Genetically Modified Fish (GMO) Catfish Example - Dr. Rex Dunham

Genetically Modified Fish (GMO) Catfish Example - Dr. Rex Dunham

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Welcome back, everybody. We're here today with Dr. Rex Dunham, who's going to talk to us about fish genetics and all the advances made in catfish genetics. Dr. Donald's has been working in the area of genetics for over 45 years and has been working with collaborators around the world.

He specializes in a host of genetic techniques, including quantitative genetics, traditional selective breeding, molecular genetics and genomics hybridization, transgenic says gene editing, xeno, genesis and reproduction, mostly with catfish. He and his research have genetically transformed the catfish industry twice during his career, creating a better fish for our farmers. And with that, I'll turn it over to you. OK, thank you very much. It's a pleasure to be speaking to all of you today.

As you can see, our topic is catfish genetic enhancement, traditional and biota technological approaches for food production while protecting the environment will be primarily focusing on catfish. But to complete, the story will also be presenting a couple of examples with other fish and from other laboratories. Also, Dr. Cline reminded me to tell you that although this is focusing on catfish, all of these approaches can be used and most of all, not all, but most all aquatic organisms. So when we build a house, we have, we use more than one type of tool and the same thing with genetic enhancement? We have a variety, a whole suite of genetic enhancement tools at our disposal. Ellis Prather on the far left and Homer Swingle on the far right did the first catfish genetics research at Auburn University, and they didn't even realize it because at that time they were evaluating different species of catfish to see which one was best for aquaculture and species are indeed species because of genetic differences.

So when we evaluate different species, we're actually doing a genetic evaluation once we've identified the best species. The first step in a genetic improvement program is to identify the best performing domestic strains strains and families within strains effect the success of all genetic enhancement programs. Once we've finished that step, then we can begin a focused genetic enhancement program. We have long term options and short term programs. Selection for body weight has been very successful across many different species, Although this is a semi slow process, we can double body weight through about eight to ten generations of selection. by 2003 because of the research done at Auburn, either through direct releases or farmers.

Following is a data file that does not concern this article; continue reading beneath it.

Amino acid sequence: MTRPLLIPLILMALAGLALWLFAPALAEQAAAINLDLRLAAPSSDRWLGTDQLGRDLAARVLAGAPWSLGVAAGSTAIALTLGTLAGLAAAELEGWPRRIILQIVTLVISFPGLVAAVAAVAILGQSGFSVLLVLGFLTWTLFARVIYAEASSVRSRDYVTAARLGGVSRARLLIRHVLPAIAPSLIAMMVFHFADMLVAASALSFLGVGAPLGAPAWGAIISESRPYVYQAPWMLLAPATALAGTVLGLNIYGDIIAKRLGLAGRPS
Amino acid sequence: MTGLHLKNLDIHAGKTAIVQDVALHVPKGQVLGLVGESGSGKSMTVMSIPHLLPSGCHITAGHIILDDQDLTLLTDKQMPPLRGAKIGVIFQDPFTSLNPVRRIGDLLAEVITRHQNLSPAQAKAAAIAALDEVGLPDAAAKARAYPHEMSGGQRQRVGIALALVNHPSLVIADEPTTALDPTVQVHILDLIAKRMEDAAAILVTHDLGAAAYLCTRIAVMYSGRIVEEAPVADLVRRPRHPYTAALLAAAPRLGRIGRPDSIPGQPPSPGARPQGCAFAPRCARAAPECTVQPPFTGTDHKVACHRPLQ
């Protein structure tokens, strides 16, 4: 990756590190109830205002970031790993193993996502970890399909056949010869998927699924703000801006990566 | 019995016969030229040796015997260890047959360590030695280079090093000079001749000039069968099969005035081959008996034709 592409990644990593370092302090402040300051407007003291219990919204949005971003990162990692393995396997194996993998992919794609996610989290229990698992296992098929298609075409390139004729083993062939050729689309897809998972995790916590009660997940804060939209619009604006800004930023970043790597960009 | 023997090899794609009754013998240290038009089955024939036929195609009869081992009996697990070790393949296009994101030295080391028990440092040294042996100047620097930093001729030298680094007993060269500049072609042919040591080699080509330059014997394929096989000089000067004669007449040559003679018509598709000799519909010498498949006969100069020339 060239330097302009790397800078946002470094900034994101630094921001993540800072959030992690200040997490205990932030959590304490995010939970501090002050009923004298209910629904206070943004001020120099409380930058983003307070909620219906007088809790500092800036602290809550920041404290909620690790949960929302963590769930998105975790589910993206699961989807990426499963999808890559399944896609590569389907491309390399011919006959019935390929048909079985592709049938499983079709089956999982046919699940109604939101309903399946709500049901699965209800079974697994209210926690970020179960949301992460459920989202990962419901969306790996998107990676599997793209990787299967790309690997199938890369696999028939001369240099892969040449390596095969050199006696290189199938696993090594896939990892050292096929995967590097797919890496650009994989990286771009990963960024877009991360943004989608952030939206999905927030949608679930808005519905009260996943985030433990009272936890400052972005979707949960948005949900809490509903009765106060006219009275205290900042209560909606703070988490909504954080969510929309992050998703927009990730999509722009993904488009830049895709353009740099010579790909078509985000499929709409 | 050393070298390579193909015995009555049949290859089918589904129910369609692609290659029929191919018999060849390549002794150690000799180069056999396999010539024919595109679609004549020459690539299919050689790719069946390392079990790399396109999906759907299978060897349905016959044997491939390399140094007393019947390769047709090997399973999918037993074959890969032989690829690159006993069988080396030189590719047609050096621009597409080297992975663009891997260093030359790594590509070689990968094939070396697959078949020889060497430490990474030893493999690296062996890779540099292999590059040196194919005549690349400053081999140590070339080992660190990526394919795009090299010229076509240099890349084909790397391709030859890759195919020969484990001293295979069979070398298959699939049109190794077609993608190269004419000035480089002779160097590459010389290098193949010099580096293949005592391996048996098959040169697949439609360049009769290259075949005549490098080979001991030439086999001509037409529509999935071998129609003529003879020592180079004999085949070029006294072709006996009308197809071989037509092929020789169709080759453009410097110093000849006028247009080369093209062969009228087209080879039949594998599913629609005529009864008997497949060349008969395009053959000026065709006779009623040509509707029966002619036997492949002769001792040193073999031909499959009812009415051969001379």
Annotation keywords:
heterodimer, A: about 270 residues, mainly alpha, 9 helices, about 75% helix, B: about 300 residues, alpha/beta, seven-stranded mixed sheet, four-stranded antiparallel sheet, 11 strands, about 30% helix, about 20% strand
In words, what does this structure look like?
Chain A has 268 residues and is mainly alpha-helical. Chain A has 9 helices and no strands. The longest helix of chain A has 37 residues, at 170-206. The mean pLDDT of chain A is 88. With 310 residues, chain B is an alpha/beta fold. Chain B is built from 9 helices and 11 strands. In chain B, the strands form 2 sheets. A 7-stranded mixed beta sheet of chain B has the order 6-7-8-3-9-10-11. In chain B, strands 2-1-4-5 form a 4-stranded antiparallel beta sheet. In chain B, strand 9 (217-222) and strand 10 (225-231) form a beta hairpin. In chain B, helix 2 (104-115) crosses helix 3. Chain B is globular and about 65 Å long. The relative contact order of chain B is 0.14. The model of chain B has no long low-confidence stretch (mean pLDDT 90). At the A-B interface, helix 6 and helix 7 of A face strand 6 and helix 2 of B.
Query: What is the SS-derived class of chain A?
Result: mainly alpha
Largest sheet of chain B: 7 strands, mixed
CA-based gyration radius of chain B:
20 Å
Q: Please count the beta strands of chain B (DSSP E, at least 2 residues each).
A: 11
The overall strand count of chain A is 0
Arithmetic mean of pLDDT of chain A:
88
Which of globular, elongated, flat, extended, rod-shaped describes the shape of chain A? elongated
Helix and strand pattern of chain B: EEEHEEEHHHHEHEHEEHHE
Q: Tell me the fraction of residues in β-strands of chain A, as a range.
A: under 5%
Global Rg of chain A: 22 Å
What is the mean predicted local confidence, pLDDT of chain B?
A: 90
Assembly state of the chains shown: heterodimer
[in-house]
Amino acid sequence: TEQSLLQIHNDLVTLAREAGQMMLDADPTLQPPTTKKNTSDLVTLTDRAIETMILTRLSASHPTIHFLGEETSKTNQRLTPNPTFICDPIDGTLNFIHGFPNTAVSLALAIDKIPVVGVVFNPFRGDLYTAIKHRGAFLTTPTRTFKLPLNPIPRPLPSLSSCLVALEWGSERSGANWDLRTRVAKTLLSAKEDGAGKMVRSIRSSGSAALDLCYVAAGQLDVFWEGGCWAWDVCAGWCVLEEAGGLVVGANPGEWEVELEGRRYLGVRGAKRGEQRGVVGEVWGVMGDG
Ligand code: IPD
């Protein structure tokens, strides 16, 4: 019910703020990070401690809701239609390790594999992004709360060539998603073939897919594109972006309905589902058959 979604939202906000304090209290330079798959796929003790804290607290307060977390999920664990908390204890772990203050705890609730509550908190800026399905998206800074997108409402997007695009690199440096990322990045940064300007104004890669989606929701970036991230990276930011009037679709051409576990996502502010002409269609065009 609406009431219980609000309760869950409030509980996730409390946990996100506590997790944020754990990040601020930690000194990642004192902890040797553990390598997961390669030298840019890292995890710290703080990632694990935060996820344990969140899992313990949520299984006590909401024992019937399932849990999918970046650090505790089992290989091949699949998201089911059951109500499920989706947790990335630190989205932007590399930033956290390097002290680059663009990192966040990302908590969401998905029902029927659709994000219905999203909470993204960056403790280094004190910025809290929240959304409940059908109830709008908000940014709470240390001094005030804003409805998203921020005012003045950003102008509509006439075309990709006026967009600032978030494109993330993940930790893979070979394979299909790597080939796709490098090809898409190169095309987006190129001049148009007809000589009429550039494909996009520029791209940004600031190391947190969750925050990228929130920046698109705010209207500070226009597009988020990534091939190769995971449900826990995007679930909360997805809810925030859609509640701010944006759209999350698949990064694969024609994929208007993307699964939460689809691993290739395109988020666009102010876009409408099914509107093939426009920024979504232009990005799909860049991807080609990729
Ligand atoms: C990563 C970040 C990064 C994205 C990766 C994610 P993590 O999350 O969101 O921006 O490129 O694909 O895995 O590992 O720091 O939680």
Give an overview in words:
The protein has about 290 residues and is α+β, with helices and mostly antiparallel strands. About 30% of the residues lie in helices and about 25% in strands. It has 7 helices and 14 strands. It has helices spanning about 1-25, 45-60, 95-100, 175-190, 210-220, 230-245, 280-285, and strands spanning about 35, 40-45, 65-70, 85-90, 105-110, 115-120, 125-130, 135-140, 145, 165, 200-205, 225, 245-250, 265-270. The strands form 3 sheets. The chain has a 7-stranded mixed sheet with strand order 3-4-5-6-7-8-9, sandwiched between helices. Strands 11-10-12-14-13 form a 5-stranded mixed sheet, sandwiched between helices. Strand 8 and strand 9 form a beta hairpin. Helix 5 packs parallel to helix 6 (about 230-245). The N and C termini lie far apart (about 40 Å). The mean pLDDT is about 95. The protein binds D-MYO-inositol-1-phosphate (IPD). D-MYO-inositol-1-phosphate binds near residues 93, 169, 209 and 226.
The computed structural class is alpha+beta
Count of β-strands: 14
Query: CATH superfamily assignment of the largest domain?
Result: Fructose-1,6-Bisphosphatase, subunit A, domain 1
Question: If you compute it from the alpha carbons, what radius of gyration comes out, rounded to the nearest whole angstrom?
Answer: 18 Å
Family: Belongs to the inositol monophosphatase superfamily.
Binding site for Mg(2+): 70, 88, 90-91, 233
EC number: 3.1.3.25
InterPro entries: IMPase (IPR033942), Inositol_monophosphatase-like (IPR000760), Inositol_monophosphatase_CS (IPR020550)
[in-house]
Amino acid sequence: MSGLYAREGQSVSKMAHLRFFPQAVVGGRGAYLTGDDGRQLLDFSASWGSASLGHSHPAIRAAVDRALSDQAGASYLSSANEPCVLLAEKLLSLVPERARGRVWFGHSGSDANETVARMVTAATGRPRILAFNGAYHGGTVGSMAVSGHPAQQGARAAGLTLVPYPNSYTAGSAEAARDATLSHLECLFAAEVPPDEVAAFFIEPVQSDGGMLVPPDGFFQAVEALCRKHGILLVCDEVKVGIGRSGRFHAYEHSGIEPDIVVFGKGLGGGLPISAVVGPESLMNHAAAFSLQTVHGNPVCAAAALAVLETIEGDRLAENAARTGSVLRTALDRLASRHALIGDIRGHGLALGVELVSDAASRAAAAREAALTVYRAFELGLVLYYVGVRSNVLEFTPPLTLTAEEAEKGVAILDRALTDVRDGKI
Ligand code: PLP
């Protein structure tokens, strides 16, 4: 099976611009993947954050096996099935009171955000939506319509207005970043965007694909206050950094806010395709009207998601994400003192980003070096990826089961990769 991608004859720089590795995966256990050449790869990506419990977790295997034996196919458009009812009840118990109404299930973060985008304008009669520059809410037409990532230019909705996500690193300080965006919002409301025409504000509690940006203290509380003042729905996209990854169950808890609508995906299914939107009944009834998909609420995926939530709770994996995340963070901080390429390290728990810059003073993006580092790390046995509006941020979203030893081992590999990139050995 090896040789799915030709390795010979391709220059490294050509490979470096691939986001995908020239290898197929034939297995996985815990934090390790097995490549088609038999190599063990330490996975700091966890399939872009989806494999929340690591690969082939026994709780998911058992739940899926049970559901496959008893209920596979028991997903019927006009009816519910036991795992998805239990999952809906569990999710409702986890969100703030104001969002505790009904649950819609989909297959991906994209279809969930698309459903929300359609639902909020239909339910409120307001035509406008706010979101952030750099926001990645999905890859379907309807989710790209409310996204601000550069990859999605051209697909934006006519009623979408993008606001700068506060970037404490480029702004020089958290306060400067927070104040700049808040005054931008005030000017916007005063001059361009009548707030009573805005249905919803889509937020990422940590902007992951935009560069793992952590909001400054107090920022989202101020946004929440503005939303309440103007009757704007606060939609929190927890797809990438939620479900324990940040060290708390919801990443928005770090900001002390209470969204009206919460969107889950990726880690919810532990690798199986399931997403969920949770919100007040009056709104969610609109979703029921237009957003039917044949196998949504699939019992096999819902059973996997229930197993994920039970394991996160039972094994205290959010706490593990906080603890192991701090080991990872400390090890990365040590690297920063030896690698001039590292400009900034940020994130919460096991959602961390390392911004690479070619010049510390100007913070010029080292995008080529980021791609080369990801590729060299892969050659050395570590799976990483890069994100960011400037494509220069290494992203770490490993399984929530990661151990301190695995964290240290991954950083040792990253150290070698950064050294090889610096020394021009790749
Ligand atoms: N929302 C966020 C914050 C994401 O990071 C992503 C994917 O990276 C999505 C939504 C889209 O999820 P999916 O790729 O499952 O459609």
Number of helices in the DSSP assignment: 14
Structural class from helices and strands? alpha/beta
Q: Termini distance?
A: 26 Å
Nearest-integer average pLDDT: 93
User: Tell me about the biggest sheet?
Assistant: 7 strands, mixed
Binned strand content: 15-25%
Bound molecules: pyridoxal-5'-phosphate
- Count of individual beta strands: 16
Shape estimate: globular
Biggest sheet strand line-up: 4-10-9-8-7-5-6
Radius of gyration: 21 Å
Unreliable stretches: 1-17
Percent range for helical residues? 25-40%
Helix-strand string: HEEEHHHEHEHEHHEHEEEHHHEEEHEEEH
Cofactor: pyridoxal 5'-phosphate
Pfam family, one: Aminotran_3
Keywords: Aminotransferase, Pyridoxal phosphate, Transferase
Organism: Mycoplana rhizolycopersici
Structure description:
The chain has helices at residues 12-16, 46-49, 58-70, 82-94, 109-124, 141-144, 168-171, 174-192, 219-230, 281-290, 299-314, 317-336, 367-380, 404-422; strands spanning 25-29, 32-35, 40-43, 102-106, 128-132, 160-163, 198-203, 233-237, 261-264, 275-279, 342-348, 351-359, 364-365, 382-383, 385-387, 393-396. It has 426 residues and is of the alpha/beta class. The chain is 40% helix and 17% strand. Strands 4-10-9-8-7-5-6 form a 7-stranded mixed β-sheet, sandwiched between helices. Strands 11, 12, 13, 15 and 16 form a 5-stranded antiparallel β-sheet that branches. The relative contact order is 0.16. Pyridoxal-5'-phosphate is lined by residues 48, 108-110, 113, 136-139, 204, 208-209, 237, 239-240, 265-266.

Learning how to do their own selection and also the creation of some catfish companies. Based on our research, about 70% of the industry was using selectively bred channel catfish. When any genetic enhancement program, if we're trying to help the farmer or the industry, we have to be aware of any. You might say side effects that the program may have on other commercially important traits. In the case of selection, that's correlated responses to selection. And if we select the increased body weight, there are some positive benefits.

The fecundity increase, the carcass yield increases. Disease resistance is a little bit better, but unfortunately the tolerance of low oxygen decreases. But on the other hand, we can overcome that problem through mechanical aeration to make sure that there's adequate oxygen in the water.

This illustrates the increase in the kilos per hectare produced by catfish farmers in 2003 versus 1980. During this time period, they were able to increase production by three fold. So this is a positive impact on the environment and takes pressure off of natural resources. So we're producing three times of food on the same, the same footprint. Now this is due to farmer innovation.